Hey, remember when I said you’d see that plaid jacket again?
That’s right, in my senior photo I’m wearing a nightmare jacket that I stole from the theater department’s costume room.
Looking back, it occurs to me that I always have challenged authority. I was especially troubled by matters of censorship. For my senior talent show, I wrote and performed a song-and-dance number about the Moral Majority, the would-be cultural arbiters at the time.
Here are the (partial) lyrics, set to the tune of the old Frank Loesser song, “Murder, He Says.”
We’re trying to pass a law now
To ban sex on teevee
What you think doesn’t matter
You’ll have to follow our decree
We’ll boycott all of your companies and annoy ya
Just because we’re religious don’t mean we won’t destroy ya!
We say, we don’t think it’s right, we say
Today, we’re achin’ for a fight, we say
All day, we’ll have to censor it all!
When it comes to satirical songwriting, I am not exactly Tom Lehrer.
Censorship became a more personal concern during my year on the school newspaper, the Ho-Hi Life. (Theme song: “Ho-hi! Ho-hi! It’s off to work we…guy?”)
I was in charge of the editorial page, which suited my dual interests in writing and having opinions. There I took bold stands against school buses and mandatory student convocations.
That winter, our intrepid news team encountered the heavy hand of The Man. Embarrassed by an unflattering story about one of his “Talk to the Principal” sessions, Dr. Wirtz declared that all future issues would have to be pre-approved by him. Outraged, I appealed to Indiana’s Attorney General. I still have the reply that I received. (“…it seems that the principal, in screening the paper, is acting as publisher. Understand that freedom of the press principles apply primarily to prevent outside interference.”)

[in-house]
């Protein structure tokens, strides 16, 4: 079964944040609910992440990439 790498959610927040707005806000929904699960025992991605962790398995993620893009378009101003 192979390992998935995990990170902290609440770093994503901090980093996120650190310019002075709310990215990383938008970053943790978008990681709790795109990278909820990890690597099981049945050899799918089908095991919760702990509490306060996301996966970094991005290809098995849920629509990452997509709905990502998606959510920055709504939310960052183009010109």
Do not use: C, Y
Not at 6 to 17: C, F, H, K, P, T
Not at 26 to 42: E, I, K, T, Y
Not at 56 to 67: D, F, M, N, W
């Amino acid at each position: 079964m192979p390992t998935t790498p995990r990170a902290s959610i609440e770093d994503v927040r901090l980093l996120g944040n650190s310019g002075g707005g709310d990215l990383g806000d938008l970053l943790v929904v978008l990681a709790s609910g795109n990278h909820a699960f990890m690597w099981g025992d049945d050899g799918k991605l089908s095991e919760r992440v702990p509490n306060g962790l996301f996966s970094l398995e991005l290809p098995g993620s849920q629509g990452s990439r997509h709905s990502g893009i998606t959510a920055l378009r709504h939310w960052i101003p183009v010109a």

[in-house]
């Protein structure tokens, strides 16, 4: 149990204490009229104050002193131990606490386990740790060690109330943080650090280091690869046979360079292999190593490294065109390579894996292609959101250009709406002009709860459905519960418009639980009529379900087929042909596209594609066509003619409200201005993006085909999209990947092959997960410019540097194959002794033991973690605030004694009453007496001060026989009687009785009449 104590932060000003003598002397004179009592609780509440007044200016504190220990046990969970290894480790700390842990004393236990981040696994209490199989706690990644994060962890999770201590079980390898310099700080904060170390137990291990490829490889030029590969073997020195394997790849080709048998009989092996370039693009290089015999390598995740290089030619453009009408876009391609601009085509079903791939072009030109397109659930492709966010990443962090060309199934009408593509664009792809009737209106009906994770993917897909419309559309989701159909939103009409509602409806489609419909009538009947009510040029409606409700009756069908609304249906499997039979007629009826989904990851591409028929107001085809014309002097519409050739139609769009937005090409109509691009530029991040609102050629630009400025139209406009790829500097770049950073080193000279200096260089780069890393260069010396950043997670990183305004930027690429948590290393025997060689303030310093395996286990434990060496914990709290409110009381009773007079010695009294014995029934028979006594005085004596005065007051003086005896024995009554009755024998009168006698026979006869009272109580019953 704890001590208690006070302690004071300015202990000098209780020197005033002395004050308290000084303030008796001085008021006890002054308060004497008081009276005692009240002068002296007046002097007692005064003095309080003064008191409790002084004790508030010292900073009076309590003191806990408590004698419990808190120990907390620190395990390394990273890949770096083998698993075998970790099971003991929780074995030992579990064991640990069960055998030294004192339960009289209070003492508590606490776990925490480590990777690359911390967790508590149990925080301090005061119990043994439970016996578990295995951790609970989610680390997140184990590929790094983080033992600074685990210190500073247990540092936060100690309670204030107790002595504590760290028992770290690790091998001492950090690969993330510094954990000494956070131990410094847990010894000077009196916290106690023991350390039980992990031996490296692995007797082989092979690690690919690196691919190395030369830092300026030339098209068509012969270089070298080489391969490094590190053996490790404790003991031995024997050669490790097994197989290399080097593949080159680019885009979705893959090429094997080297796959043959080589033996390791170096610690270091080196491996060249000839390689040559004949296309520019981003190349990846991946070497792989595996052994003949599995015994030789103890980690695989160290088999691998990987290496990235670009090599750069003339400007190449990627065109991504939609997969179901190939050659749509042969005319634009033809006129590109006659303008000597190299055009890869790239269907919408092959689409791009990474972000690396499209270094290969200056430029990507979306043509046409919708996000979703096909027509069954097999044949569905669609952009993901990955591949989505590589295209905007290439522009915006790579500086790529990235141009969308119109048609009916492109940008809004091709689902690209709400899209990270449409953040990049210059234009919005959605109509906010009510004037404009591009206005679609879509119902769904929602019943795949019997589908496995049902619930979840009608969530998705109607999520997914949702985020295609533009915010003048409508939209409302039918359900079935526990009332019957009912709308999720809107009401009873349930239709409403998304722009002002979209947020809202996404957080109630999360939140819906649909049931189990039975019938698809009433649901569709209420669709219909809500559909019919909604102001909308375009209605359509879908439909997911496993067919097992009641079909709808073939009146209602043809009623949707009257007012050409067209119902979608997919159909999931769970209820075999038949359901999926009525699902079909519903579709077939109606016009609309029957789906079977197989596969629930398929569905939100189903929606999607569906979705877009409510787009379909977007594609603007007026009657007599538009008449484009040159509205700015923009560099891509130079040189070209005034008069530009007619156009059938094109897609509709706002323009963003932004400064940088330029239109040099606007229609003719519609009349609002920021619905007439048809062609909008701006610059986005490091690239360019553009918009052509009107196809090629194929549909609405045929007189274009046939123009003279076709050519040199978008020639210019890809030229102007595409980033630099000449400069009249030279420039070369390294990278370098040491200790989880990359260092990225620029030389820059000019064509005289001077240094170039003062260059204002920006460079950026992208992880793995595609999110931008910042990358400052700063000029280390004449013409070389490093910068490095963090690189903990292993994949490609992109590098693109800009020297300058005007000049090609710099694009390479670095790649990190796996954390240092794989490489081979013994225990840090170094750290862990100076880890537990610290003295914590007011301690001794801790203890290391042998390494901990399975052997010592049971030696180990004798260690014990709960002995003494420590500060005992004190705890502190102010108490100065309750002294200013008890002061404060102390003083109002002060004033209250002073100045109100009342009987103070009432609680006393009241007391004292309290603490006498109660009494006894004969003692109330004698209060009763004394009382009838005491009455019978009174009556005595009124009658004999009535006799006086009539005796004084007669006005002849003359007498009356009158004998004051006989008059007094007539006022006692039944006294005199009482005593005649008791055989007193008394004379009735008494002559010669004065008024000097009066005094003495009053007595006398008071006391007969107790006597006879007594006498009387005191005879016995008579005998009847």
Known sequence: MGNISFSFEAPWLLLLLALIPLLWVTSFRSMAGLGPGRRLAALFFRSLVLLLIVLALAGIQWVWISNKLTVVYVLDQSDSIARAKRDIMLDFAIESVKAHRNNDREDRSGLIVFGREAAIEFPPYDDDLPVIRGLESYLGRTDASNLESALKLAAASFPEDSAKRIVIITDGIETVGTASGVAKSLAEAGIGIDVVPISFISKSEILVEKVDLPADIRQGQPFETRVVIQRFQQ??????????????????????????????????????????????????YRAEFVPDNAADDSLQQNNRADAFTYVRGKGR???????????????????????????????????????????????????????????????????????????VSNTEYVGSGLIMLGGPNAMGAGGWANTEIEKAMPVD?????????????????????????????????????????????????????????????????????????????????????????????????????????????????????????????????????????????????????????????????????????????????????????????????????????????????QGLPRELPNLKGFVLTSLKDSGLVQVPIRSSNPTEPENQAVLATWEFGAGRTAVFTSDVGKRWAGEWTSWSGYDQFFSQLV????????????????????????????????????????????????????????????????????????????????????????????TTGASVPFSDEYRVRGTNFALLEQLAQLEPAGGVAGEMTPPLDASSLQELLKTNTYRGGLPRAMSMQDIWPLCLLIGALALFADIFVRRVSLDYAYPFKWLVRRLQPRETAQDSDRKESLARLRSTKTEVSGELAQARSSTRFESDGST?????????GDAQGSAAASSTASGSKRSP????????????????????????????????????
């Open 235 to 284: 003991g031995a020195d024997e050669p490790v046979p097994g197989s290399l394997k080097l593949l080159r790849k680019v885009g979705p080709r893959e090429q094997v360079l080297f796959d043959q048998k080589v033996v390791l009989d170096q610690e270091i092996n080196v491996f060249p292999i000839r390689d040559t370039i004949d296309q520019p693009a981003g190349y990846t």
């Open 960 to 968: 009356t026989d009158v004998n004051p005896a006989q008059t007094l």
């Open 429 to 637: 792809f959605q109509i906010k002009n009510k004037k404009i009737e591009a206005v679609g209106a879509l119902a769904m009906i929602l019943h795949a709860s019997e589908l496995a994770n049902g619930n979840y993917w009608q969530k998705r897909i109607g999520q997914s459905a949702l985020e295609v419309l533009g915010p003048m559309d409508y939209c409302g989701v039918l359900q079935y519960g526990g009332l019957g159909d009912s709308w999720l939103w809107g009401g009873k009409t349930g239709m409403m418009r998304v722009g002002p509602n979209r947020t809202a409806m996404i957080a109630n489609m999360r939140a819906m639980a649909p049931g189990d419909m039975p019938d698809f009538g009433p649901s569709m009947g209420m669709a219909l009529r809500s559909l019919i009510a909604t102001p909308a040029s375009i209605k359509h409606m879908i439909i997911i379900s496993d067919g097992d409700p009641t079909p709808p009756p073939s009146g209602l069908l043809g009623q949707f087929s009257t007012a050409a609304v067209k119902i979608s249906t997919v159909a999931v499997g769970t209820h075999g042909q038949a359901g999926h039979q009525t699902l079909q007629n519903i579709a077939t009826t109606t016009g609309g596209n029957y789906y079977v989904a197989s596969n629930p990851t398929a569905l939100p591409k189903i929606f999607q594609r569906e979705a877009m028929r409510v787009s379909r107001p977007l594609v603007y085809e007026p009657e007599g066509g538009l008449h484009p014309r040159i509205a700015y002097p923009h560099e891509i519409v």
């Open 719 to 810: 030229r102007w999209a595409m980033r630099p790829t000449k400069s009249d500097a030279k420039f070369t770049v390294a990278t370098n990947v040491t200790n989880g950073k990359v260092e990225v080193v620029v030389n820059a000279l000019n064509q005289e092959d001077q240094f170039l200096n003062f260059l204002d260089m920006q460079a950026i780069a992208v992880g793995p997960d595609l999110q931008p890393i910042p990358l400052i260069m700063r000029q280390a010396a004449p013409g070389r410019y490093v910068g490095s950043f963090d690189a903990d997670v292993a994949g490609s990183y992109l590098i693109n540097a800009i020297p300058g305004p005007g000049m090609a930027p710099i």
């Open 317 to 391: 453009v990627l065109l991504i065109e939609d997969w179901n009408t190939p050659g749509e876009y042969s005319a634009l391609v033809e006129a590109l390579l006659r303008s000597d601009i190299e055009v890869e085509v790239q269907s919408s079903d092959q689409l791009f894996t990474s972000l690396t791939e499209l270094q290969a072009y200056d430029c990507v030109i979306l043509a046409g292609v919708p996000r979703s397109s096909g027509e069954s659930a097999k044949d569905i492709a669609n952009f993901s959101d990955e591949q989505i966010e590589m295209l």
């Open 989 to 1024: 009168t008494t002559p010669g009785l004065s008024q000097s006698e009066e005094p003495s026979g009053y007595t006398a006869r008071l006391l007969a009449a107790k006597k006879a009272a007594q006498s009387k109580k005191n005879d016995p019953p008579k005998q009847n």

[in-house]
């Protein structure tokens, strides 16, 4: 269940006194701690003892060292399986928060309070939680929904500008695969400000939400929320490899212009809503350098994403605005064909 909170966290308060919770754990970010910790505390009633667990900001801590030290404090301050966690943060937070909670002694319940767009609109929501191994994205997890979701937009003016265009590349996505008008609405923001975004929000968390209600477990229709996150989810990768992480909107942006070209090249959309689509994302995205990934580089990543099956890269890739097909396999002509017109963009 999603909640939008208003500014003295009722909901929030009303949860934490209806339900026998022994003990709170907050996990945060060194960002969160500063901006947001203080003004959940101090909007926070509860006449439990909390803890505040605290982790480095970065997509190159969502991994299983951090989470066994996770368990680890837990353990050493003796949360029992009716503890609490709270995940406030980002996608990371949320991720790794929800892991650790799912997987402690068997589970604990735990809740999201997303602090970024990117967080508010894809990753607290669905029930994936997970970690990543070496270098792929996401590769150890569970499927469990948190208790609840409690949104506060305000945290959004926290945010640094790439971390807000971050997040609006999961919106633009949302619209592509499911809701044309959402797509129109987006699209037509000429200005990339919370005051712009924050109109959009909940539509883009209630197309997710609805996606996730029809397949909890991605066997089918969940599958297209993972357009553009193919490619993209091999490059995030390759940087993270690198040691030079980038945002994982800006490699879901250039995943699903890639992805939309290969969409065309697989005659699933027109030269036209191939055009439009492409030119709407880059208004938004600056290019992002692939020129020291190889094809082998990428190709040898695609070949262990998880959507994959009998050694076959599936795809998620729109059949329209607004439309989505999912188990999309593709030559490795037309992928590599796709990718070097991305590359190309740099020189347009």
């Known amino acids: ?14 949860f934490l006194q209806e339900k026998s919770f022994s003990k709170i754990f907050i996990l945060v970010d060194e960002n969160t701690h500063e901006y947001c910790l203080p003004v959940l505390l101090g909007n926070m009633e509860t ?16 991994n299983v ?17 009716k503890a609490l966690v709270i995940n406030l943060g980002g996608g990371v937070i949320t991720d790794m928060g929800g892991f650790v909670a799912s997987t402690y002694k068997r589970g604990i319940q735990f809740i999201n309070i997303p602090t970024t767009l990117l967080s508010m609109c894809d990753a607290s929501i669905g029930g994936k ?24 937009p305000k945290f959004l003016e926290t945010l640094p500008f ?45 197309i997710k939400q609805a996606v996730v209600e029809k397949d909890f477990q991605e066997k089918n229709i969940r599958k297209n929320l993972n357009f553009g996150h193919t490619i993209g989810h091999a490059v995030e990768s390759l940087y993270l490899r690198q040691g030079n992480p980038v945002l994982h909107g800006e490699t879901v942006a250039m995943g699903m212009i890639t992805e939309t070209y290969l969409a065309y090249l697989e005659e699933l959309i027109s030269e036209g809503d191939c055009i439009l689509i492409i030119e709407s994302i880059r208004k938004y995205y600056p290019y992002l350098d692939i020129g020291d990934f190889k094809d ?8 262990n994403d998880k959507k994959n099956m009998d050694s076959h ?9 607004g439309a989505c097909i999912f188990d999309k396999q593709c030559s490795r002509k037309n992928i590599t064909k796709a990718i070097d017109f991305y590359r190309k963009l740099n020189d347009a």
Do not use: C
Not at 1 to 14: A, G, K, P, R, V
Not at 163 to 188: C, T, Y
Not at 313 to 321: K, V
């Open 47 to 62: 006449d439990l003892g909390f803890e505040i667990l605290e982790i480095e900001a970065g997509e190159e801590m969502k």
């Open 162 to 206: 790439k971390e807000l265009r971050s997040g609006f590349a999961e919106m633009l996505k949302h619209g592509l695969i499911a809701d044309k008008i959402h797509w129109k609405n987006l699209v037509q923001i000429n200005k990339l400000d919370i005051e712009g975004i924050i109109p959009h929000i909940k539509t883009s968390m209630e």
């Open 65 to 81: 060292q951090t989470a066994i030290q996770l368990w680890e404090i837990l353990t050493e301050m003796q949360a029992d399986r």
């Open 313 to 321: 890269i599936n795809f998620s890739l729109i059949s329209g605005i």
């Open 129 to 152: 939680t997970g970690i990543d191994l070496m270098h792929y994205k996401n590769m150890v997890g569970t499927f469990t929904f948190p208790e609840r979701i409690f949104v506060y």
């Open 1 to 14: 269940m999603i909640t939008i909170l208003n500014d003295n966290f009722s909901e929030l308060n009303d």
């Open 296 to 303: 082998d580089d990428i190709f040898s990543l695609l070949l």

I did have the last laugh, after a fashion. Around the masthead of our final issue, I carefully laid out a border of Morse Code dots and dashes: “Dr. Wirtz is a jerk.” Vengeance was mine.
Yet my enmity toward Dr. Wirtz was nothing compared to my white-hot resentment of the football team.
Understand that I attended Hobart High during the early years of Brickie Football mania. (Our team was named for the former brickyard which housed the football field until 2008. Our mascot Yohan was a knock-off of Purdue’s Boilermaker. So was our coach, Mr. Howell. Seriously, Coach Howell was built like Yohan. It was creepy.) Football was the only thing of importance at HHS.
I learned this the hard way the time our drama club tried to participate in the pep rally. We had rehearsed a skit that we felt would show our support for the team, but were booed out of the gymnasium. It would be the last time I had even the slightest school spirit. Thereafter, I made a point of sitting for the school song. I was just like Rosa Parks, except for the not-making-a-difference part.
Hell, not even the other sports teams were respected. After one notably unpeppy rally for Brickie Basketball, Coach Howell railed against the assembly, infamously declaring “We sweat blood for our jerseys!” Soon, “Sweat blood!” became a rallying cry for me and my disaffected friends.